CRS examines the role of ‘payment for order flow’ in the ‘zero commission’ debate – Finance and banking
United States: CRS examines the role of “payment for order flow” in the “zero commission” debate
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The Congressional Research Service (“CRS”) revised the role of “payment for order flow” (“PFOF”) in “the surge in securities trading by retail investors at large discount brokers”.
In its report, CRS described the PFOF as a controversial rebate subsidizing “non-existent commissions”. CRS said that when broker-traders do not pass PFOF discounts on to clients, the economic incentives to send retail orders to discount market makers create potential conflicts of interest. CRS noted that this argument explained why the UK had “effectively banned” the FFPO.
PFOF supporters argue that investors benefit from subsidized, low or no commission rates. Critics argue that the PFOF raises conflict of interest issues regarding brokers’ best execution duty.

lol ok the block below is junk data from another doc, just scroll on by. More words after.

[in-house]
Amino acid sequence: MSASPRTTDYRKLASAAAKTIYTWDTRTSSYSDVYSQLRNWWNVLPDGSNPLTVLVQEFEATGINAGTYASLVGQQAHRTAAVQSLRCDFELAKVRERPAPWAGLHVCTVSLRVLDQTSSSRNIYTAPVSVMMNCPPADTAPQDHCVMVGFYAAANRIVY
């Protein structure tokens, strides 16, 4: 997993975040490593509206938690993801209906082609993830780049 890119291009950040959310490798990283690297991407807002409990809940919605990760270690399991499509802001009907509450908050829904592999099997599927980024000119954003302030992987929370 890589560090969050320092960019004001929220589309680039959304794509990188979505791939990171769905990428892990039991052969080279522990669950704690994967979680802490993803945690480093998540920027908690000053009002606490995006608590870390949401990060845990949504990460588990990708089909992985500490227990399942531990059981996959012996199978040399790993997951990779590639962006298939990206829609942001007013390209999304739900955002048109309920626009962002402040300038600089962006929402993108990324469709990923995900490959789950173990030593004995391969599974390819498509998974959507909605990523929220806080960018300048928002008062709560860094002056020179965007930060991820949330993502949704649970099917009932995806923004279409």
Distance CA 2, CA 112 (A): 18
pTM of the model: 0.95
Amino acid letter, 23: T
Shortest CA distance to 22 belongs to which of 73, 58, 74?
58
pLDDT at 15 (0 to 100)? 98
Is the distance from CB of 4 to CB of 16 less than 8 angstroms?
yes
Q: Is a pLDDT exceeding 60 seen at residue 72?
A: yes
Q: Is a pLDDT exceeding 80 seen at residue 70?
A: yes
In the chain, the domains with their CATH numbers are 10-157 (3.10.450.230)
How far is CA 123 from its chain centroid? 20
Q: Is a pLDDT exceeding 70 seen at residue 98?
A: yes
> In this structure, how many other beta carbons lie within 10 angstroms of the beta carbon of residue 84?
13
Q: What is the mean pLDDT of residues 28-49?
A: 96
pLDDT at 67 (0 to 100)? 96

While payment for order flow is a legitimate area of discussion, the bigger issue is why clients don’t use full-service brokers who provide them with some level of advice. Congress and the SEC should consider whether over-regulation and the threat of enforcement action is killing full-service brokerage business, leaving retail clients essentially alone.
Unfortunately, questioning whether regulation can be excessive or have unintended consequences is not a current priority. The tendency in response to any unusual event is rather to seek to pass more regulations, as if more rules are always the panacea. Whether or not the order flow payment occurs, the most significant reality is that retail investors are now effectively being pushed to seek their investment advice not from a regulated institution, but from a subreddit. See in general GameStop: regulators should focus less on “solving the problem”; Learn more about “Making it better”.
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